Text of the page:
Today, Africa is the only continent in the world where official aid inflow outweighs private capital inflow by far [7]. Africa's health sector has long relied on development-related funds which hinders the health development [8]. Both the traditional North-South and the emerging South-South health cooperations have been a gateway to achieving non-health-related foreign policy objectives. However, South-South health cooperation allows a more symmetrical dynamic and better policy ownership for recipient countries [9]. On the other hand, continuing to consider health as a desired outcome of development is flawed since data showed health investments were correlated to rapid economic growth [10]. The spread of diseases increasingly threatens Africa's development [7], national security, trade, and economic agendas which are the building blocks of the AU Agenda 2063. These findings reverse the conventional wisdom: health is no longer simply a byproduct of growth but one of its engines. Traditionally, donors´ health packages allowed donors to serve their political and economic interests (bilateral and multilateral organizations, the private sector). The fact of relying on external funds to address regional health challenges in the absence of solid governance mechanisms exposed the continent to achieving agendas that might not be aligned with its own needs and vision. Donors´ health packages allowed funders to leverage soft power and gain relevance in negotiations on security, trade agreements, and development policies [11]. While African countries have benefited from donor packages, donor countries built on this to consolidate their influence and promote their interests. Conversely, health diplomacy has been relatively underused to advance African countries' interests. However, during the pandemic, African governments demonstrated great solidarity through the implementation of drastic policies and regionally orchestrated action to mitigate the human and socio-economic toll of COVID-19, especially on the informal sector, which employs over 85% of Africans. Days after the first COVID-19 confirmed case in the continent, on February 22nd, 2020, the AU's first public health specialized agency, Africa CDC, mobilized all the African health ministers for a consultation to respond to the pandemic.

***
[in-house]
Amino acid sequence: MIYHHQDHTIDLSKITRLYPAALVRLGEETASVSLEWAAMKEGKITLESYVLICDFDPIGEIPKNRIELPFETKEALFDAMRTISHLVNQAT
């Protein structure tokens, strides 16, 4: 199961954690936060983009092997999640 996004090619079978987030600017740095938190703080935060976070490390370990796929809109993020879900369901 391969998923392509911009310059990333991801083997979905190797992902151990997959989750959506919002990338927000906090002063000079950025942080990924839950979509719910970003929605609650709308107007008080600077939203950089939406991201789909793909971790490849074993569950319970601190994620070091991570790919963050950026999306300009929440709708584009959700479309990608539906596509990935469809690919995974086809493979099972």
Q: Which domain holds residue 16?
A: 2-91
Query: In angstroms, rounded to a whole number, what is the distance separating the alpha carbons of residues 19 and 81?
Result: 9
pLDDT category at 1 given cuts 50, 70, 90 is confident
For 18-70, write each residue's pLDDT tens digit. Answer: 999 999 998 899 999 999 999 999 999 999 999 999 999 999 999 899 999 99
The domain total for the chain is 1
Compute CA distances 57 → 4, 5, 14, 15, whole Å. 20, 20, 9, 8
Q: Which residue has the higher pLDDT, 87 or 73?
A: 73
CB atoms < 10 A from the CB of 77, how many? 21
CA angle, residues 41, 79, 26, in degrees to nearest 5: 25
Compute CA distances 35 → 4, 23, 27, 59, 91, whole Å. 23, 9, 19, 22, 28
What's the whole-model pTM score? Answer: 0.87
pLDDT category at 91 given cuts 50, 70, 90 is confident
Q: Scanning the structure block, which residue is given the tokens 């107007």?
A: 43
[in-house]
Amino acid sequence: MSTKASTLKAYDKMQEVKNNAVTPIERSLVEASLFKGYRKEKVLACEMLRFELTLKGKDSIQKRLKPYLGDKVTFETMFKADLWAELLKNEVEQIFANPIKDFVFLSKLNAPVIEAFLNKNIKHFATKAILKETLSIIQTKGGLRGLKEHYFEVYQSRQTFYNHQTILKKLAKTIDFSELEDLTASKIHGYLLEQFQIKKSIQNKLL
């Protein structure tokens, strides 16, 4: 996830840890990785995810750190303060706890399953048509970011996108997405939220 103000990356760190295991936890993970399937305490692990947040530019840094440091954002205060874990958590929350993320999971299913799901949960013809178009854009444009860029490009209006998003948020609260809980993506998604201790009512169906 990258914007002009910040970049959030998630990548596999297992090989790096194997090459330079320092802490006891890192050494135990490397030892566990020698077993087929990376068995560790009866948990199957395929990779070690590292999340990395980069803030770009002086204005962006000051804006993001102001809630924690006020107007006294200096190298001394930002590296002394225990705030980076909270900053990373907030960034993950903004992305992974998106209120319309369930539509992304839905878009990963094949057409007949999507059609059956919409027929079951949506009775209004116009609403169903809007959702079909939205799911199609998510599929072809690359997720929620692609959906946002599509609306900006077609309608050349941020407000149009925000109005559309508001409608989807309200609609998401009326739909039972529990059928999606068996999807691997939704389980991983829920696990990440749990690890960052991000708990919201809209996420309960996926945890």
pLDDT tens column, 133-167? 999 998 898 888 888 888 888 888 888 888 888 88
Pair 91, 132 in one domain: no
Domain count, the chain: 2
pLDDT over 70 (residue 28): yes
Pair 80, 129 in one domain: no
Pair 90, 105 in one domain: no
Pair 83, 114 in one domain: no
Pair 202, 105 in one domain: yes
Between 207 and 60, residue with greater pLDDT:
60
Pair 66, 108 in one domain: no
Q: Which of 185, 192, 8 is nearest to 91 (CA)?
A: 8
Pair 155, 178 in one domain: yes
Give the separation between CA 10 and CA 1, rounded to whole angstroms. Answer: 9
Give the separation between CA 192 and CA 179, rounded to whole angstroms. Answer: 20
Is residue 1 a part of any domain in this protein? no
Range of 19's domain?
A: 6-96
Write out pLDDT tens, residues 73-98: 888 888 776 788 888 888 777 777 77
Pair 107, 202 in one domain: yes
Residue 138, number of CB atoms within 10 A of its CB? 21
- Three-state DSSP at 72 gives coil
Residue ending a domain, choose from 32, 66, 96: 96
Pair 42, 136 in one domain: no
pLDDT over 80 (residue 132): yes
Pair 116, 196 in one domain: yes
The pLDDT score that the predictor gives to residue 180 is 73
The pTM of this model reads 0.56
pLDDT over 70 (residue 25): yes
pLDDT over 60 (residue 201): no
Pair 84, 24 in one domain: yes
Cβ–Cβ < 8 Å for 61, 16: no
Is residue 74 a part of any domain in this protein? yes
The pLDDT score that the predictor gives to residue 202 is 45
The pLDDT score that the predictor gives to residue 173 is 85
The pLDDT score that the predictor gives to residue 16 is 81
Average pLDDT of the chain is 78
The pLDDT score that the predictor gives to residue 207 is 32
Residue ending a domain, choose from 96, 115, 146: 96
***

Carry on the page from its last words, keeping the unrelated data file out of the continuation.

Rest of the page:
Africa CDC was established recognizing the importance of the nexus between global health and broader goals in diplomatic efforts toward realizing Agenda 2063. Its mandate is to streamline AU Member States' public health efforts and strengthen their public health institutions' capacity in detecting, preventing, controlling, and responding to disease threats swiftly and effectively. In addition to Africa CDC, the last decade has marked powerful signs of continental solidarity such as the development of the Africa Health Strategy 2016-2030 and the incoming African Medicines Agency (AMA). However, the potential for health diplomacy in Africa remains largely untapped. Public health is still not considered a top priority in key agenda-setting documents such as the AU Agenda 2063. Before the inception of the Africa CDC, the lack of a unified African voice on health matters created a void that often leaves countries vulnerable to different influences. This could be illustrated with two events [11]: in adopting the political declaration of the high-level political declaration on universal health coverage in 2019, Africa missed a chance to display the collective negotiating power of its 55 states. Since countries signed separately, some African countries signed an alternative statement on universal health coverage initiated by the United States of America, which excluded sexual and reproductive health rights-a critical health challenge in Africa; at the 2019 World Health Assembly, 20 countries (including five African countries) sponsored a resolution to improve the transparency of markets for medicines, vaccines, and other health products. The resolution aims to provide governments with useful information allowing fair negotiations. The resolution was amended to lack some critical elements of transparency due to objections raised by Germany, Japan, the United Kingdom, and the United States, who opposed publishing production data and other relevant costs and subsidies from governments and other groups. There were no objections to the final text of World Health Assembly resolution WHA72.8. raised by African countries despite the continent´s lack of availability and access to vaccines, therapeutics, diagnostics, and other health commodities. It remains clear that the long history of colonialism and imperialism has shaped the perceptions and practices of GHD in Africa. As we continue moving forward, GHD should be increasingly considered and leveraged to bring more equality to cooperation and change the narrative of traditional foreign policy and commercial objectives on the continent [9].